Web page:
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Here at ACRM, one of our networking groups is the Athlete Development & Sports Rehabilitation group. It was formed in 2018, and members include physicians, psychologists, athletic trainers, speech pathologists, physical therapists, occupational therapists, athletes, coaches, and program administrators. We’re always looking for new members for our groups and each and every one of our members help shape the future of our interdisciplinary networking groups.

In today’s blog post, we’re featuring new developments in exercise and concussion the field of athlete development rehabilitation medicine. Continue reading to learn more about the connection between exercise and concussion management — we hope that you learn something that you can incorporate into your own practice!

Is Rest Really Best?

The traditional approach to concussion management is resting — no work, no school, no contact sports. After especially severe concussions, patients are often told to stay in bed in a dark room. Concussion injuries create a temporary energy deficiency in the brain, which means that activity could potentially compound this effect by burning the already-low energy reverse. Resting would therefore conserve energy, allowing the injured brain to heal. More so, the chance of sustaining a second concussion during recovery could do even more injury, and resting would help prevent this risk.

While these methods have been the go-to in rehabilitation medicine, new research has begun to show that rest may actually prolong concussion recovery. In fact, exercise may play an important role in concussion recovery and help prevent the development of prolonged concussion symptoms, or PCS. 

Maximizing Recovery

Early studies on rodents have begun to show that aerobic exercise, administered three or more weeks after injury, may be beneficial to both neurotrophic factor expression and the recovery of cognitive function. More so, voluntary physical exercise immediately after or within days of injury has been shown to promote neuroplasticity and reduce neuronal degeneration. 

However, the type of exercise after concussion is important to success. Vigorous exercise early in the recovery process isn’t a good idea, but light exercise, like going on walks, is safe and may speed recovery. Returning to full sports practices or games should only happen once an athlete is symptom-free.

Research suggests that starting with 20-30 minutes a day of light aerobic exercise could help speed recovery, but if symptoms get worse while exercising, the patient should stop and try again the next day. Children who suffer from concussions should also return to school after only a few days, with adjustments to curriculum and environment (quiet, less fluorescent lighting) to improve recovery time.

Causes of Post-Concussion Syndrome Exercise Intolerance

Sometimes patients who exercise during concussion recovery can experience post-concussion syndrome, which includes symptoms such as headaches, dizziness, fatigue, and brain fog. It’s possible for patients to have all of these symptoms, since traumatic brain injuries often affect multiple parts of the brain. People experiencing these symptoms tend to avoid exercise, which may end up prolonging recovery time. While it’s important not to exercise while experiencing severe symptoms, attempting light exercise each day during recovery (instead of avoiding exercise altogether) can actually reduce exercise intolerance.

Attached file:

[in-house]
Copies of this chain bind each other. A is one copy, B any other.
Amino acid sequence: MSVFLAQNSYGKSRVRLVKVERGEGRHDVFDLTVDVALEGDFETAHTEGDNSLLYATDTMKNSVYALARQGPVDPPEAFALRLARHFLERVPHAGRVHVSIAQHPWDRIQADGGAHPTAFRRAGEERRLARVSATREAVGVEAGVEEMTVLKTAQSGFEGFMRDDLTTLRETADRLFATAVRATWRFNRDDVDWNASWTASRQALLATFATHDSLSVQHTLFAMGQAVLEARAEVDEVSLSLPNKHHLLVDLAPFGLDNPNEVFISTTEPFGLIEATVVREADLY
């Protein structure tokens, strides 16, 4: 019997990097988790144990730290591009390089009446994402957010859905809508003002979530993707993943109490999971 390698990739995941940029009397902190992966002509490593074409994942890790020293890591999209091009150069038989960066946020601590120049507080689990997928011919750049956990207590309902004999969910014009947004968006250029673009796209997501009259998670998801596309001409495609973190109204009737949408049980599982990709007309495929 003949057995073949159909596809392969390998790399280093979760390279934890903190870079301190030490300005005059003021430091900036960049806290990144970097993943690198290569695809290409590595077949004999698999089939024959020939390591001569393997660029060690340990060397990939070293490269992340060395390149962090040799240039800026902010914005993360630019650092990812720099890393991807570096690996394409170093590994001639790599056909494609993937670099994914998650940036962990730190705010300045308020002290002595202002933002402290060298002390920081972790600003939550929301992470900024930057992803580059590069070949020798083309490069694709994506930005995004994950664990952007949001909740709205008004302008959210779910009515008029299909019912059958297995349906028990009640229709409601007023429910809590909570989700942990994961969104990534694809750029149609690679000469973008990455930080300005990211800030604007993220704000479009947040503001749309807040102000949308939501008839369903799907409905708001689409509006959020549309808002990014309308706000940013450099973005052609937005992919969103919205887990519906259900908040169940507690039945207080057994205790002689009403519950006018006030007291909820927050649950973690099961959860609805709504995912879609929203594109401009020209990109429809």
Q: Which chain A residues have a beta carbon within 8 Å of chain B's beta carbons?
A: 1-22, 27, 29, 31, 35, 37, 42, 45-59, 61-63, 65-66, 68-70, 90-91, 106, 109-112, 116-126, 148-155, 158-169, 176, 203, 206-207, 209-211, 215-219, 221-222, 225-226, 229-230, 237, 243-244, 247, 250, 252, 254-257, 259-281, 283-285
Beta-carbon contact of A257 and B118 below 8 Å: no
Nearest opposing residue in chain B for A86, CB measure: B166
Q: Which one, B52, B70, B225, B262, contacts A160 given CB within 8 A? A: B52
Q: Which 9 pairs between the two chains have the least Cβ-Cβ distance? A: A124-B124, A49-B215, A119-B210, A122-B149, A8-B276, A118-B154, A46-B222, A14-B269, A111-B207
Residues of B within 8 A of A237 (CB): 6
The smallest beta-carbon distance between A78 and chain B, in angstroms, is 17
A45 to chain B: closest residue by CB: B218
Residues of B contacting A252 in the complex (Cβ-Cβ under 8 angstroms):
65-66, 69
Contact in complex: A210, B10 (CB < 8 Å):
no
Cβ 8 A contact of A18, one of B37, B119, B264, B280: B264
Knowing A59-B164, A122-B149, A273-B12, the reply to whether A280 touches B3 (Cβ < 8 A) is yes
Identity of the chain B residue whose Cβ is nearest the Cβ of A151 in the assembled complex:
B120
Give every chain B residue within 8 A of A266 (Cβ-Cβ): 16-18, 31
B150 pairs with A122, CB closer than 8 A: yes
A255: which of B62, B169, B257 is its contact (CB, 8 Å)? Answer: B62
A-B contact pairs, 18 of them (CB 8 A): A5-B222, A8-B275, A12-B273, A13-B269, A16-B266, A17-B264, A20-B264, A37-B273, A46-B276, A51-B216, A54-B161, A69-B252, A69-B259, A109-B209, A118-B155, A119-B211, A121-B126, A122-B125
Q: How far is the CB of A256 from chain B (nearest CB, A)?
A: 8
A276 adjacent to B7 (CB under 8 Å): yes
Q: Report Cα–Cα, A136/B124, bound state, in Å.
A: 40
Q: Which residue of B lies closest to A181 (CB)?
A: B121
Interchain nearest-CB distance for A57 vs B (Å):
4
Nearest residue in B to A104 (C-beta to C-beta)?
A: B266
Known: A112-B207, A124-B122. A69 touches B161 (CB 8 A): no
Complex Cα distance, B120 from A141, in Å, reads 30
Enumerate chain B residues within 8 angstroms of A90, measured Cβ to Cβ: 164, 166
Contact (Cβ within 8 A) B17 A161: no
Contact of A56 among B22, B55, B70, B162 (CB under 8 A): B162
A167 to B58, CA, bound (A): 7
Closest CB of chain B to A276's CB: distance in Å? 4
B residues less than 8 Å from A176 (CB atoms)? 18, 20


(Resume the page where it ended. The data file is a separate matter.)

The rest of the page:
Mental Health Implications of Slower Recovery Time

For athletes who suffer concussions, a dramatic shift from their normal exercise habits can cause significant mental health effects. Rehabilitation medicine professionals should take into account the way in which concussions can affect their patient’s mood. 

Shutting a person down from sports and forcing a period of rest, especially for children, could cause significant mental health problems that end up prolonging recovery. By incorporating exercise early, not only will the patient potentially heal faster, but they will be able to experience other positive side effects of exercise, such as boosted mood and increased cortical connectivity.

Using Electronics

While rehabilitation medicine specialists suggest that electronic devices may slow recovery, they may actually help as an accommodation for reading, by increasing font size. If the patient is suffering from light sensitivity following a concussion, then electronic use may provoke symptoms and should be limited. 

ACRM – American Congress of Rehabilitation Medicine

The mission of our non-profit organization is to improve the lives of disabled people through rehabilitation medicine and research, and that includes patients suffering from concussions or other traumatic brain injuries. Our research groups cover a wide range of topics, from stroke to neuroplasticity, cancer, and more. There is always something new happening in the field of rehabilitation medicine!

We work with hospitals, universities, professional and advocacy organizations, and rehabilitation professionals around the world. We have 3,000+ members from more than 65 countries and produce the ACRM Journal. Learn about the benefits of joining ACRM as well as member dues and how to apply. You can also learn more about the ACRM Conference and register for either in person or online here.